Cobham. also snows up on another pleasing mck-influenced jazz LP, Ron ’ Carter’s Blues Farm (CTI 6027). Excellent bass work by Carter is backed by Cobham, Hubert Laws on flute and some nice licks ‘by Sam Brown on guitar. All cuts but one are by Carter, and give everyone concerned a chance to do their stuff. Swinging back to stone-cold rock, Ipwas fortunate to come across -a copy of a second album by a relatively unknown Texas heavy-rock trio called Z.Z. Top. It’s called Tres Hombres (London XPS 631) and is, like their first LP, Rio Grande Mud, simple, straight-forward and rau-nchy rock. These guys just sound like- they’re fro-m Texas: none of this British-California glitter and flash here-just hard, heavy backbeat, wailing guitar lines and- rough c. vocals.

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Three blind men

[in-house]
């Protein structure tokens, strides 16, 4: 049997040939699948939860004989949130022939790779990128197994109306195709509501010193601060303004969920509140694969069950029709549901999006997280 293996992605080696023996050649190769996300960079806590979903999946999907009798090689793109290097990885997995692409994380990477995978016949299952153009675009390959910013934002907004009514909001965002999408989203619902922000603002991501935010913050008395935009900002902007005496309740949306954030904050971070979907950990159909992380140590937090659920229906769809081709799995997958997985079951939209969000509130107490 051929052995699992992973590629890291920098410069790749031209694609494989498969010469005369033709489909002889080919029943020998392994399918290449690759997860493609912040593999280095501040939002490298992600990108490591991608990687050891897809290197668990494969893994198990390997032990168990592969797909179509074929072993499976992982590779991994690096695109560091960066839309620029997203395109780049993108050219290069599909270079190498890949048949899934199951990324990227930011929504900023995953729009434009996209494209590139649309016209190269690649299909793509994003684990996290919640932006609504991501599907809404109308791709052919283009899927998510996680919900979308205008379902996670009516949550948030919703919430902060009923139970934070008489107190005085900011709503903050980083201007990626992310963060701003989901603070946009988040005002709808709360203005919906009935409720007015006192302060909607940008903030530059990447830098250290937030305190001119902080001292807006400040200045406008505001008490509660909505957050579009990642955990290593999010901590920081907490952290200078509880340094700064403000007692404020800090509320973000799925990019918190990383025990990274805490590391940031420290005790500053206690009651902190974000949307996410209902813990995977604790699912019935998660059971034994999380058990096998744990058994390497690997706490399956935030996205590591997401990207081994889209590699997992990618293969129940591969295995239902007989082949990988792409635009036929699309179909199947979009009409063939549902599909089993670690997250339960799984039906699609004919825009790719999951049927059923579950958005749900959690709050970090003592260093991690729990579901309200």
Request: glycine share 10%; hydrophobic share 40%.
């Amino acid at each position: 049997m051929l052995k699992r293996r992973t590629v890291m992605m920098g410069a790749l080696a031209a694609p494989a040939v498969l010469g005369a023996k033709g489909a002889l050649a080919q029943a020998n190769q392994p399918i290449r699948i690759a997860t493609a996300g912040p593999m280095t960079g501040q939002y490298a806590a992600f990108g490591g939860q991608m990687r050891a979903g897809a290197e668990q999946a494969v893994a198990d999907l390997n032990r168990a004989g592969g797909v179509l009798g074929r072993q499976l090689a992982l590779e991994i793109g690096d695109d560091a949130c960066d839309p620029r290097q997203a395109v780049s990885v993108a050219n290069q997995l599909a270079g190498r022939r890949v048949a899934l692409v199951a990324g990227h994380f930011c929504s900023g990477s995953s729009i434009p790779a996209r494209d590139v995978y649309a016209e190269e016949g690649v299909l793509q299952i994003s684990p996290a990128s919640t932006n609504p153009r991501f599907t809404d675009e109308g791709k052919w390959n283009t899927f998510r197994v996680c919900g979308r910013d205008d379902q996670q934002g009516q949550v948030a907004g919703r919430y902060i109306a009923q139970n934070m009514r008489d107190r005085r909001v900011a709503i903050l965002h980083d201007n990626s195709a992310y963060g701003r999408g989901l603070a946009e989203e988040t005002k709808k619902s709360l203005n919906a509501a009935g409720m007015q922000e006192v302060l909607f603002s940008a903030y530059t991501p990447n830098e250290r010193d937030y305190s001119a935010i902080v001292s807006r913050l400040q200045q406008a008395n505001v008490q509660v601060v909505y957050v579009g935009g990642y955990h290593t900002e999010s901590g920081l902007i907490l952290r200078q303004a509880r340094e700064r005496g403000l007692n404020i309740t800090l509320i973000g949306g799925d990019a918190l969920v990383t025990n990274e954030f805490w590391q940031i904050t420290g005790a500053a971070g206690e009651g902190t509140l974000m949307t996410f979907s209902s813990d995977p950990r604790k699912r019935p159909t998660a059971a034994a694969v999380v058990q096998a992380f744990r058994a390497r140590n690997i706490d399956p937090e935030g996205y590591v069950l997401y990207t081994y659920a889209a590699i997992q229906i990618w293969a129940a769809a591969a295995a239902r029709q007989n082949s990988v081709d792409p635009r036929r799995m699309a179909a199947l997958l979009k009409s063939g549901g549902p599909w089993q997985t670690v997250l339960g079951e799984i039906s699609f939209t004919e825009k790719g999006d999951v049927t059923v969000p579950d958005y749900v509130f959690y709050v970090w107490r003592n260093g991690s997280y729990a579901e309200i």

De Chelderode wrote this short piece, (The Blind Men) in 1933, inspired by “The Parable of the Breughel’s painting, l3lind Men”. (A reproduction is on display in the Theater Gallery.) Briefly, the plot concerns three blind men who convince themselves that they are near Rome, the goal of their pilgrimage. When a one-eyed man informs them that he has watched them travelling in circles nowhere near Rome, they reject both his information and his offer of aid, and promptly fall into a bog he has warned them about. De Chelderode’s fascination with church music shows at the first with an expressive flute and church thymes played sensi tively together and conti nuing during the chanting entrance of the three \ pilgrims. All three possessed a forcefulness of delivery which was impressive technically but seemed incongruous with their presumably fatigued state. Also, this strength of the ‘deluded’ characters seemed a challenge to the actual reality represented by the more toned-down performance of the one-eyed man. Pareffective were the anxious ticularly gropings of the blind men over the stage steps, and the large expressive hands of the oldest pilgrim as he twisted his staff in search of meaning that his eyes could not perceive. I found the play mildly entertaining on the surface, and allowed myself some searching for symbolic significance to enrich he experi ence. There seemed to be a brief dialectic here between Truth and Fantasy-fantasy manifested in the blind men’s stubborn belief that they are near Rome when they are actually near their starting point. They are so trapped in this delusion of hope that they imagine the,mseIves ‘seeing’ the dome of St. Peter. They deny even the reality of their blindness. Truth is personified in the one-eyed man, who reveals their error. Still the blindmen persist with- their fallacy. Finally Truth is the victor in the “stark reality of death”. Had they accepted liis words, they would have received food, shelter, and protection instead of death. One could thus infer t:lat blindness to reality is more pervasive a flaw than mere blindness of visibn. -Peggy ea rle